California rice farmers are realizing record demand for their 2004 crop.

Export numbers released from the U.S. Department of Agriculture show that export demand for medium grain milled rice is 45 percent ahead of one year ago. Total demand for all classes of the 2004 medium grain rice crop (milled, brown and paddy) is 37 percent ahead of 2003. A total of 26.4 million cwt. (hundredweight, or 100 pounds) of paddy rice have been sold to export markets thus far, as compared with 19.3 million cwt. one year ago.

“These numbers are good news for California rice farmers,” said Steven Jones of Rice Producers of California. “We grew a big crop in 2004, but these export numbers show that we should easily move the entire crop.”

California's rice production for 2004 is estimated at 52 million hundredweight, and when added to medium grain produced in the Southern U.S., total U.S. production comes to 60.8 million hundredweight. Carryover from the 2003 crop is 12.4 million hundredweight, giving a total supply of 73.2 million hundredweight.

U.S. domestic use is projected to consume 35 million hundredweight, leaving 38.2 million hundredweight for the export market and carryover supplies. “We've already hit 26 million hundredweight in export sales, so now we're eating into that 12 million hundredweight carryover supply,” noted Jones. “We've already exceeded anticipated export sales for the entire year, and we're only four months into the marketing year.”

Tough questions

These new numbers are causing some growers to ask tough questions of rice marketers. “If traders have already marketed basically the entire crop, with almost 8 months to go before new supply becomes available, why are prices so low?” asked Scott West, a rice farmer from Colusa. “If demand is exceeding supply, prices should rise.”

Indeed, prices on the export market are at record low levels. Recent sales of rice to Japan, formerly a lucrative market for California rice farmers, were made at prices estimated to be 38 percent below the farmer's cost of production. Unfortunately, rice farmers aren't the ones doing the actual selling of the crop.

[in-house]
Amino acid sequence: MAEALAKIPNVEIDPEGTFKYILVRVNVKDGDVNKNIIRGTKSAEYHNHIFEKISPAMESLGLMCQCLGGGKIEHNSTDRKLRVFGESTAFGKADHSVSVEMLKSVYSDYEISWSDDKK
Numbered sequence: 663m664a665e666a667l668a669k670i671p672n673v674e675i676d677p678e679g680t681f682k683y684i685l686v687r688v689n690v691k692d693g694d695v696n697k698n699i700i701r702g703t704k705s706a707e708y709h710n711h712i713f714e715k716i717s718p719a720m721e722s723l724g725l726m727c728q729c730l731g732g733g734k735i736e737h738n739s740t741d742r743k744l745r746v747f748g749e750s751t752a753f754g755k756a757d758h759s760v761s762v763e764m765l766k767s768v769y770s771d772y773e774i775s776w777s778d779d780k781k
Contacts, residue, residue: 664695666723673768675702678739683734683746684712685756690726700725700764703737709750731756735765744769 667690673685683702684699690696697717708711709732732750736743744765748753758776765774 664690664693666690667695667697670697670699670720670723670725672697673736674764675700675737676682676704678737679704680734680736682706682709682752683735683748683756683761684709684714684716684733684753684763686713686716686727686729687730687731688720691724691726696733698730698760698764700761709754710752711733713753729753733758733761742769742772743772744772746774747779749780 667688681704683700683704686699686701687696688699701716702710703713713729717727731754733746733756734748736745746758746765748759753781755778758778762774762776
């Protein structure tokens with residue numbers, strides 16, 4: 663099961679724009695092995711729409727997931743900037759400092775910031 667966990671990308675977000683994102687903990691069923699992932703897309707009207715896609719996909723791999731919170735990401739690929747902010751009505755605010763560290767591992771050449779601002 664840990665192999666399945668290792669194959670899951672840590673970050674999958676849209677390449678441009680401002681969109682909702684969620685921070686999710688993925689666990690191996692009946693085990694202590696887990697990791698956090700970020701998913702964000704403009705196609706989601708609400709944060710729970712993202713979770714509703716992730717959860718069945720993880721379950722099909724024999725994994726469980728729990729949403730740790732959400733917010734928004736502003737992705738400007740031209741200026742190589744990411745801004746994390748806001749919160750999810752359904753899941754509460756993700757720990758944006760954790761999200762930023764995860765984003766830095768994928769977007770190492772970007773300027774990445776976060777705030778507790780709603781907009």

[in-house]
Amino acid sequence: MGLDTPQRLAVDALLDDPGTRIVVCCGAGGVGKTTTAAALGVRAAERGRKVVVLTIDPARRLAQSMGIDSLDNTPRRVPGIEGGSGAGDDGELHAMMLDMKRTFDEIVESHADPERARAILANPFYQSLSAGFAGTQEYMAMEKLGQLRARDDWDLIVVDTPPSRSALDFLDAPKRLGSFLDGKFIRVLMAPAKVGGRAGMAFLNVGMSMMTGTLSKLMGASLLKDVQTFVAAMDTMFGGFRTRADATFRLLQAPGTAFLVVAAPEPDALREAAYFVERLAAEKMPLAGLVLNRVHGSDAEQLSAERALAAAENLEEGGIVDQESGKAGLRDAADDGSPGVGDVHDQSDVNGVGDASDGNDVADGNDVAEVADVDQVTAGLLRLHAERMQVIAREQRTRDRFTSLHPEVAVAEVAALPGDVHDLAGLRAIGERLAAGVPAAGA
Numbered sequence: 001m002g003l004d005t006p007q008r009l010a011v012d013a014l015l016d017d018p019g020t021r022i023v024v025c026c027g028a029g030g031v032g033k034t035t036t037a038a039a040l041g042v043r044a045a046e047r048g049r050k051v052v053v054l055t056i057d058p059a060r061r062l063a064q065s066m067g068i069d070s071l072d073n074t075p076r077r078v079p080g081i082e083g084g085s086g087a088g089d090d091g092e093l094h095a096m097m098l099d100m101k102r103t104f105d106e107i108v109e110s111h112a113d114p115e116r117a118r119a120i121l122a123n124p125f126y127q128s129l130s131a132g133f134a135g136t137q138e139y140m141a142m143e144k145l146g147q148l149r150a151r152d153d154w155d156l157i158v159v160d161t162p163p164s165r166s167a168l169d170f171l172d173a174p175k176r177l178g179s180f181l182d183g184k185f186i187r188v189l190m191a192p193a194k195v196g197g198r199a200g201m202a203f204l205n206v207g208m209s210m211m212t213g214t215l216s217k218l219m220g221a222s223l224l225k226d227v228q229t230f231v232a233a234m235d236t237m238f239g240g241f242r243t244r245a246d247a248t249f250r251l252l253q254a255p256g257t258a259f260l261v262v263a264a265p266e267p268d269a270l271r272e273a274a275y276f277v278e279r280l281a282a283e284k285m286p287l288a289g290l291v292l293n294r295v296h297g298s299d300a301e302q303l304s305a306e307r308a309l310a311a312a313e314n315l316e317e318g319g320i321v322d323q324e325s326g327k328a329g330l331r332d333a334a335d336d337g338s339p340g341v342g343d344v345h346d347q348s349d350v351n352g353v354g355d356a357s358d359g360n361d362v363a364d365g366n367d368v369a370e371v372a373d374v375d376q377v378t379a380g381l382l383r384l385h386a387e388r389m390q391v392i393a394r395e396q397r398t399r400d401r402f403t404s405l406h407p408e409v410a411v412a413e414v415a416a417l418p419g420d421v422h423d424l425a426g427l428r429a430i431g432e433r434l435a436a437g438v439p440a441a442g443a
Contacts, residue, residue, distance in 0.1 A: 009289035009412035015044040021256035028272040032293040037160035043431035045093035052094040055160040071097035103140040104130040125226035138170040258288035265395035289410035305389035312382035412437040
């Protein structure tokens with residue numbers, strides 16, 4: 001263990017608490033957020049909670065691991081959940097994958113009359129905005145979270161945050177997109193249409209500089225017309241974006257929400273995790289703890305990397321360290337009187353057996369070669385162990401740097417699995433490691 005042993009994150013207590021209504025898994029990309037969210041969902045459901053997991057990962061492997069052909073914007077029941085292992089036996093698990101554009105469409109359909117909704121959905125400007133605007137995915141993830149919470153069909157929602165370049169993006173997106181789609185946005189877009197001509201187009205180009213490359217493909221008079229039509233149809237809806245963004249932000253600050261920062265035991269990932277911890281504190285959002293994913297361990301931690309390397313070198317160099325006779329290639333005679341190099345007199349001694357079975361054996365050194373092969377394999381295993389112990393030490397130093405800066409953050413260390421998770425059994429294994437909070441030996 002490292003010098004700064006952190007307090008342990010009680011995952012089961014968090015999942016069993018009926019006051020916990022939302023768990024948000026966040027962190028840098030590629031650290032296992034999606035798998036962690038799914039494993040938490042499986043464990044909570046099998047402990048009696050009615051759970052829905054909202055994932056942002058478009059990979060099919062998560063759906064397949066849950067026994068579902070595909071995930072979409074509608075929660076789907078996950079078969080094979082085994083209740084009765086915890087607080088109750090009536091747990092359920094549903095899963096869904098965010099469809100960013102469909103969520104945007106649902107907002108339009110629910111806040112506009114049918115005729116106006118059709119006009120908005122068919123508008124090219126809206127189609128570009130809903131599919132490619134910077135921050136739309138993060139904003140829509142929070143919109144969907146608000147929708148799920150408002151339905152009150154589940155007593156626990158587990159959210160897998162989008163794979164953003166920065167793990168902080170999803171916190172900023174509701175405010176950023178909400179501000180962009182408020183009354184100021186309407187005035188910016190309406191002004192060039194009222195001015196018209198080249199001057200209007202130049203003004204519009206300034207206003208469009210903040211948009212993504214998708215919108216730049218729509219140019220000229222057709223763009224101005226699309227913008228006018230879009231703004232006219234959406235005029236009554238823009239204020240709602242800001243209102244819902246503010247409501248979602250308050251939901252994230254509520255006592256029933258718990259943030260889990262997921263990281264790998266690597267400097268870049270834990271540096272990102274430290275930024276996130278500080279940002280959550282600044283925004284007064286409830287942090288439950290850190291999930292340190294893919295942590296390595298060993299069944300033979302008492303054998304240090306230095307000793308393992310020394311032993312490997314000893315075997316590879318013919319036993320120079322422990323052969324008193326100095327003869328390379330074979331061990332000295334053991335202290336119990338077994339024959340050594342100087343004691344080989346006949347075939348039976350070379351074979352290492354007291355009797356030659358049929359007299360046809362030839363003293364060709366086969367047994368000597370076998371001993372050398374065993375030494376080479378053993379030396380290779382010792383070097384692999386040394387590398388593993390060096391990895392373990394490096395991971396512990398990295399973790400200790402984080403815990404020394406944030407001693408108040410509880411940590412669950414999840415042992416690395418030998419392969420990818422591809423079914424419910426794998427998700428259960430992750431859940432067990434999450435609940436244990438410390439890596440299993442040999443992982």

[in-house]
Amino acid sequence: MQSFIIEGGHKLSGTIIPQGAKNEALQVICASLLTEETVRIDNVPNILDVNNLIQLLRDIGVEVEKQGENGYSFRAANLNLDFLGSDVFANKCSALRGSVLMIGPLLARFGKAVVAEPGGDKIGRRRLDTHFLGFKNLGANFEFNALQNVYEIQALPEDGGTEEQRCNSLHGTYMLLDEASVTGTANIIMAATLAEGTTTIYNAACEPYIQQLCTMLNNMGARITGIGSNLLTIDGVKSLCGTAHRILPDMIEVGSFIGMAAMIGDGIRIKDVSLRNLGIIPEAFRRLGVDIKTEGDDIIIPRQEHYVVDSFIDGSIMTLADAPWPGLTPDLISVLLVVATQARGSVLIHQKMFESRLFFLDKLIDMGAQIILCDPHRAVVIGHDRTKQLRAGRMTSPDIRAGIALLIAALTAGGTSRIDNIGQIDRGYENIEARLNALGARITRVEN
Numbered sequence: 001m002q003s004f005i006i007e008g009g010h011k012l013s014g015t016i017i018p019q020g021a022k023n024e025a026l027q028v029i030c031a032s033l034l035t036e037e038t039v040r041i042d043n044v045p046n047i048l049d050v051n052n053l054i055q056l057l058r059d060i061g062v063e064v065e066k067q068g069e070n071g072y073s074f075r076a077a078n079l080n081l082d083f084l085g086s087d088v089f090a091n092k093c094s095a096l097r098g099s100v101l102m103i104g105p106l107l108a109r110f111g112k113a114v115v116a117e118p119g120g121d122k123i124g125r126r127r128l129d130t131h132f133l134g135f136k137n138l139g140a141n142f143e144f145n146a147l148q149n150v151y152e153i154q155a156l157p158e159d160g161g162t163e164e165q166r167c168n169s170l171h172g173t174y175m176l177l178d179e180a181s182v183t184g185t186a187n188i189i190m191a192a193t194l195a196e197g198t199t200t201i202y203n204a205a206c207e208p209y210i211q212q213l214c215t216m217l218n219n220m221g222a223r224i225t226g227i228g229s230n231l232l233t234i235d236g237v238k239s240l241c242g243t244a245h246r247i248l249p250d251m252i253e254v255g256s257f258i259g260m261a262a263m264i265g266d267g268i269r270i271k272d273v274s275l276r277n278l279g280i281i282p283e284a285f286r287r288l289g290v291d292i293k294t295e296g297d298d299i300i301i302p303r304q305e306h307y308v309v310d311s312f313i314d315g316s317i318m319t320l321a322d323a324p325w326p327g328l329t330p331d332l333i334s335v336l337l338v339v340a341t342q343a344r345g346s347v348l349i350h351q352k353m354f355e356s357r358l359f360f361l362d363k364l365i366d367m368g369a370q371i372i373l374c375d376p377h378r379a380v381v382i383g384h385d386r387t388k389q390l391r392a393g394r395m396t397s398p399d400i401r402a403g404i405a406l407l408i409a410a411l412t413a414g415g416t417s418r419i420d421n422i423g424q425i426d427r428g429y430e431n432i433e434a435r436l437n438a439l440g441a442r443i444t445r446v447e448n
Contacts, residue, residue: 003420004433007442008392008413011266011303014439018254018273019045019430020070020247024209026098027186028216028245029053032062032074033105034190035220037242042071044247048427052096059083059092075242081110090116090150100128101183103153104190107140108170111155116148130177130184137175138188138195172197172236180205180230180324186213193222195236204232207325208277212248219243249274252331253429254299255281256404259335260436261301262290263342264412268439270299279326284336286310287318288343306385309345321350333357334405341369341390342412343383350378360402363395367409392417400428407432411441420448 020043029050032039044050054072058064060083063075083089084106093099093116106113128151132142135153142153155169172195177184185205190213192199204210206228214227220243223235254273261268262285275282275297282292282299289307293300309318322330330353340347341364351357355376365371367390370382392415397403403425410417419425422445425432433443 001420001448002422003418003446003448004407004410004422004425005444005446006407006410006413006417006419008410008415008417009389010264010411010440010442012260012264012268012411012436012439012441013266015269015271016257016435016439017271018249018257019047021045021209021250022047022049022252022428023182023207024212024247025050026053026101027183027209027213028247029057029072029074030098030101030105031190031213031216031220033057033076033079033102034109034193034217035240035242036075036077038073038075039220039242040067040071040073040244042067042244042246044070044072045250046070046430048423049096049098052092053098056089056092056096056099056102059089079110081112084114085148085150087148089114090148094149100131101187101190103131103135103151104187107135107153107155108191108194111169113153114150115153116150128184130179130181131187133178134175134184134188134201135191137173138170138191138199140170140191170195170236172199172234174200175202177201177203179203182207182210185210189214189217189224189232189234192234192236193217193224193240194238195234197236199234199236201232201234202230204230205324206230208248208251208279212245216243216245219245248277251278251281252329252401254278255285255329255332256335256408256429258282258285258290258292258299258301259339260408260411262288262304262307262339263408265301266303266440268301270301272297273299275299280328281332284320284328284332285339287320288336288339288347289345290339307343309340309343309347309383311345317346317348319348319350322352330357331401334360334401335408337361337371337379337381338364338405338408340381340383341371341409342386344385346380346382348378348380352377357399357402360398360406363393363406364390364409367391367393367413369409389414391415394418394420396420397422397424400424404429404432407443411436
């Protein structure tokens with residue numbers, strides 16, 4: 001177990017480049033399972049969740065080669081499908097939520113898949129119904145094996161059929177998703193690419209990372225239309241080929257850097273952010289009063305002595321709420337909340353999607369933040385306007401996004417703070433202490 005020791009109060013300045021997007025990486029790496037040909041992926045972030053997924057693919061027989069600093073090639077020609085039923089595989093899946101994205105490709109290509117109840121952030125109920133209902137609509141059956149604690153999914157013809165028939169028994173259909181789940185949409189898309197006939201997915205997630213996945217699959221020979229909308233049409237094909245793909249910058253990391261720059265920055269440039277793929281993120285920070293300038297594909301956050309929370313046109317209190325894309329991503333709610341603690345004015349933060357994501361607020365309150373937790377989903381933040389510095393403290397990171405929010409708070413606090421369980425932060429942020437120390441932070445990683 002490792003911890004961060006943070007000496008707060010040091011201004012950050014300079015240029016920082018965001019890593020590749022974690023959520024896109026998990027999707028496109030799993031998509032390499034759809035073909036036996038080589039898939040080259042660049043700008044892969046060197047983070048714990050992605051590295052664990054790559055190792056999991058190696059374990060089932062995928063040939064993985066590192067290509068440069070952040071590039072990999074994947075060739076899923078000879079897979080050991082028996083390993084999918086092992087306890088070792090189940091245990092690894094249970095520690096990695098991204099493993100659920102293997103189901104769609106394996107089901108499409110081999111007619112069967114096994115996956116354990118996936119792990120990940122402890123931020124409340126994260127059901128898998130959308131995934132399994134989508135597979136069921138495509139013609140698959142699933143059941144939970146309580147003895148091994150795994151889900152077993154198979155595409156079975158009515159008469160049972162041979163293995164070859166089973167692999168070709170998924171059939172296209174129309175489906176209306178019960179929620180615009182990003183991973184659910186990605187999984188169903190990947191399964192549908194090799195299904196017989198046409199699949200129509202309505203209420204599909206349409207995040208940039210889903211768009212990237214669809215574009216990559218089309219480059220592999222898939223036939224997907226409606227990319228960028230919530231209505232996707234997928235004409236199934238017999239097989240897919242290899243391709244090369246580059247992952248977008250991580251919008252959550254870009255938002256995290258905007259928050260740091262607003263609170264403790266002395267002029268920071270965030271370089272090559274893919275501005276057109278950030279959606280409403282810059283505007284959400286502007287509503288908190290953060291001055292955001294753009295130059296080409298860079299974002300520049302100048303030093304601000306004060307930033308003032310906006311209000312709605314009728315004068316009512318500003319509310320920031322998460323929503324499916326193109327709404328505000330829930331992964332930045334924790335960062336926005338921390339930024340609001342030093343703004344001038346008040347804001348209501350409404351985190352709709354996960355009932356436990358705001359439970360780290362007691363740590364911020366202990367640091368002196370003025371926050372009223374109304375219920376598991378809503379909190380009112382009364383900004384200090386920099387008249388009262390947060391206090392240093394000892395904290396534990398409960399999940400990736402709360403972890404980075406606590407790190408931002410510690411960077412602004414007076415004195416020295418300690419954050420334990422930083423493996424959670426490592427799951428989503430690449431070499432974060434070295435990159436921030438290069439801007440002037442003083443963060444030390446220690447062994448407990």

“It's ridiculous,” said Greg Massa, communications director for Rice Producers of California, a farmer organization that has been examining the low prices. “Farmers can't make a living at these prices, which are so low that even full subsidy payments don't make up the shortfall. The rural counties of the Sacramento Valley could lose more than $100 million in taxable income this year due to overly-aggressive marketing.”

RPC interim leader Kelly Ornbaun expanded on the issue of lost tax revenue. “Rural areas in California are hurting. When farmers don't get paid fairly for their crop, it ripples through the community. Ultimately, county and state governments become affected, and we're already seeing that here.”

Ornbaun continued, “The only way out is for farmers and community leaders to stand up and make themselves heard. Anyone can sell a crop at these prices. What we'd like to see is someone actually sell our crop at a profit.”